Getting comfortable with contraception


Grace Wise

Both at ETHS and in Evanston, there are a number of options for students to find contraceptive care.

We’re living in a post-Roe world. Illinois may be—as of yet—unaffected, but looking forward to college decisions, to career paths, to places to settle down, we cannot escape the repercussions of the Supreme Court’s decisions. At ETHS, our school and community at large have made sure we have access to information, reproductive care, and contraception as teens which has become a coveted resource even for adults. And as we move forward into a world where reproductive rights are under pressure, recognizing and utilizing them has become more important than ever. 

The hub of reproductive care and information at ETHS is room H101—the Health Center. Nestled into a dark blue hallway between H Hall and the first floor of the North wing, you can find a fully functioning, free of charge, professionally run primary health clinic, with a quiet waiting area and smiling staff — right next to your algebra class. 

“Whatever reproductive health services you might be able to get at your pediatrician’s office. You can also get here… We have obtained, for many years now, a grant from the city of Evanston that provides us with funds so that we can purchase contraceptives and provide them free for our student’s dispensaries here, as opposed to sending them to the pharmacy.” Says Ida Joyce-Sia, Health Center Director.

The Health Center has a one-time consent form, which must be signed by parents to use the clinic for any purpose. Once this form is signed, whether it’s for reproductive care, a sports physical, or anything else, students have full access to use the health center’s services. This means that, with nurse approval, students can get prescriptions for short-term hormonal birth control like the birth control pill and other similar methods. However, even without the parental consent form students have access to free condoms and Plan B, an emergency contraceptive that can be taken up to 72 hours after sex.

For minors, there’s often a concern that any conversations you have with an adult about your sex life put your privacy in jeopardy. At school, telling any adult that you’re sexually active, or asking about protection from STDs seems completely counterintuitive. Years of abstinence-only sex education and reprobation of teenage sex have led to students viewing schools much in the way they view their parents in conversations about sex: judgemental and punitive. At the Health Center though, the environment is different—they’re not working for your parents or guardians, they’re there to serve you.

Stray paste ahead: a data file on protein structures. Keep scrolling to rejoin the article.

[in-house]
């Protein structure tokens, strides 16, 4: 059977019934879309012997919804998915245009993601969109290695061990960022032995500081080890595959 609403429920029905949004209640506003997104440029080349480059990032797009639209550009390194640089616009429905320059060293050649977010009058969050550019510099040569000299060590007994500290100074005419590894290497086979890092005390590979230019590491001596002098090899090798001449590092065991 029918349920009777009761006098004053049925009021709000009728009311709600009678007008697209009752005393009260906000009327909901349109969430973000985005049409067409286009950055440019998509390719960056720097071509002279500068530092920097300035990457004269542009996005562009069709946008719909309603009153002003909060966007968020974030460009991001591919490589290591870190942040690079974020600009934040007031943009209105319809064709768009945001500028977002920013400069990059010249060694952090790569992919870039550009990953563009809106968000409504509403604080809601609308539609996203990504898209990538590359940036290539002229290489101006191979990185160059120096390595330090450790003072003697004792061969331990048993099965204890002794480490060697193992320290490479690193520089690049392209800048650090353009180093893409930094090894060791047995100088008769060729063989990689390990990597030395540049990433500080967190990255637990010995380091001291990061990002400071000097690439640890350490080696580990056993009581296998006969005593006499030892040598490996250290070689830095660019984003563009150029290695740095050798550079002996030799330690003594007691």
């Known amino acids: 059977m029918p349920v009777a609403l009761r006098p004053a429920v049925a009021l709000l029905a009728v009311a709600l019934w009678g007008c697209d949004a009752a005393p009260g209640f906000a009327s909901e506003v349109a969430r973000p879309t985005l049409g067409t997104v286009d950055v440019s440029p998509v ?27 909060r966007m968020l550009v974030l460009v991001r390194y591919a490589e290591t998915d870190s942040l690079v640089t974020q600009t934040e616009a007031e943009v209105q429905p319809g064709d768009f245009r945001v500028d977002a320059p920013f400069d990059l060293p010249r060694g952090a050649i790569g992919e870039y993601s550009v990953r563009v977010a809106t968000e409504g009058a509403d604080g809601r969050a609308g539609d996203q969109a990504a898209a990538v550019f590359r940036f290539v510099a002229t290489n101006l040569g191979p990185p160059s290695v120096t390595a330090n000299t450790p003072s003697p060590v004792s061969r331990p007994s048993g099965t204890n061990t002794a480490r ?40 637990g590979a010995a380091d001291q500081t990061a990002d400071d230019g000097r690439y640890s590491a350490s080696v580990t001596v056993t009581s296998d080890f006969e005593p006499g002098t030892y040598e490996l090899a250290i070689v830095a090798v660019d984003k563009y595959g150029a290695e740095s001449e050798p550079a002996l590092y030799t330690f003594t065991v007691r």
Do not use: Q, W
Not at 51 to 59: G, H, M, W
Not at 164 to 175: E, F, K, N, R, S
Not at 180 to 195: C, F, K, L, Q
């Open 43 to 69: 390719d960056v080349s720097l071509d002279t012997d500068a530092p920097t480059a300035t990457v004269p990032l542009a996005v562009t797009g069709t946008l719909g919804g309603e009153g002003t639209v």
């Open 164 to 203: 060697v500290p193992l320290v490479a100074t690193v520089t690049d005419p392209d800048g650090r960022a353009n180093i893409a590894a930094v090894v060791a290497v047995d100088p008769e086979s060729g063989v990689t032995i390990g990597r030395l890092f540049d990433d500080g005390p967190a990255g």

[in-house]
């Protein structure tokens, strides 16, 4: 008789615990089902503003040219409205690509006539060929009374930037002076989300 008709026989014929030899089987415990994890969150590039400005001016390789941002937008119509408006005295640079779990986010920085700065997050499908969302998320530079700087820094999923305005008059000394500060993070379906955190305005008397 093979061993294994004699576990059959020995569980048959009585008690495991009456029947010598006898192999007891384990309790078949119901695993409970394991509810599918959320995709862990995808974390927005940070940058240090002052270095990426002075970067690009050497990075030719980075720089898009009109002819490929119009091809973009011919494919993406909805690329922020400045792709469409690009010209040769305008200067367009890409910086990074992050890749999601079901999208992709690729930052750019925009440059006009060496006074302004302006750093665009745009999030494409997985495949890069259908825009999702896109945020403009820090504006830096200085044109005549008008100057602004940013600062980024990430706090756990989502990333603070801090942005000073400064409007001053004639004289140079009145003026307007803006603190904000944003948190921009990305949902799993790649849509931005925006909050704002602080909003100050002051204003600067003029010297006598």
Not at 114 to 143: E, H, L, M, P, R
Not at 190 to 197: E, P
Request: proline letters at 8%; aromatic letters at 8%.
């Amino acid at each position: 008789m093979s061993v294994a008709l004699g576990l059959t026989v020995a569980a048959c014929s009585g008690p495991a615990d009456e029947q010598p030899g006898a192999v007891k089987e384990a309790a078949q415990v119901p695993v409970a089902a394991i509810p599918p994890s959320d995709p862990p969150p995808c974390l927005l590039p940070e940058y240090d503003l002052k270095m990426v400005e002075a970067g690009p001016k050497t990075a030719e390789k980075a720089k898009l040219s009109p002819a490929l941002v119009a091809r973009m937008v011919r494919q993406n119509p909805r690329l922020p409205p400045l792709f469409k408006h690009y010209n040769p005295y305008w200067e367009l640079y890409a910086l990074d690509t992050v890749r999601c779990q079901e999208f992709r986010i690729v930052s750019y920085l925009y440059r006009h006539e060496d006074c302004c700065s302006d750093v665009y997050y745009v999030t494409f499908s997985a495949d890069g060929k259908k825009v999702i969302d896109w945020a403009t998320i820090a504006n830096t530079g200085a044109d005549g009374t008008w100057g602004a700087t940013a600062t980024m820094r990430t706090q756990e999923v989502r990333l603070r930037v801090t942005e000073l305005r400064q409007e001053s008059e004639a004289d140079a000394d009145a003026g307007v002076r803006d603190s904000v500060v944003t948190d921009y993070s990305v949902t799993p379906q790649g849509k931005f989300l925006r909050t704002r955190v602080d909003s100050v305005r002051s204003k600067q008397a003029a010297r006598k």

“Sometimes, it’s a harder conversation to have with a parent. We understand that, and we try to support wherever [students] are in their conversation and communication with their parents.” says Health Center nurse Julianne Russell “We do protect student confidentiality. So if a parent were to have concerns, we can’t answer questions regarding a student’s sexual activity or use of contraception with the parent without their student giving us permission.”

But even still, students face social barriers when trying to access contraceptives. With the Health Center being located in school it can feel almost exposing for students to use it. Even though the Health Center provides a variety of forms of medical care, from sports physicals to checkups for minor health issues like sore throats, it still has a reputation as a reproductive care clinic. 

“Students think it’s a birth control clinic; they think that if you walk through these doors they’re sort of saying they have chlamydia, or they’re pregnant. I still hear that in the exam rooms where there’s anxiety or discomfort about sitting in that room and us talking about this really sensitive topic,”  Joyce-Sia says.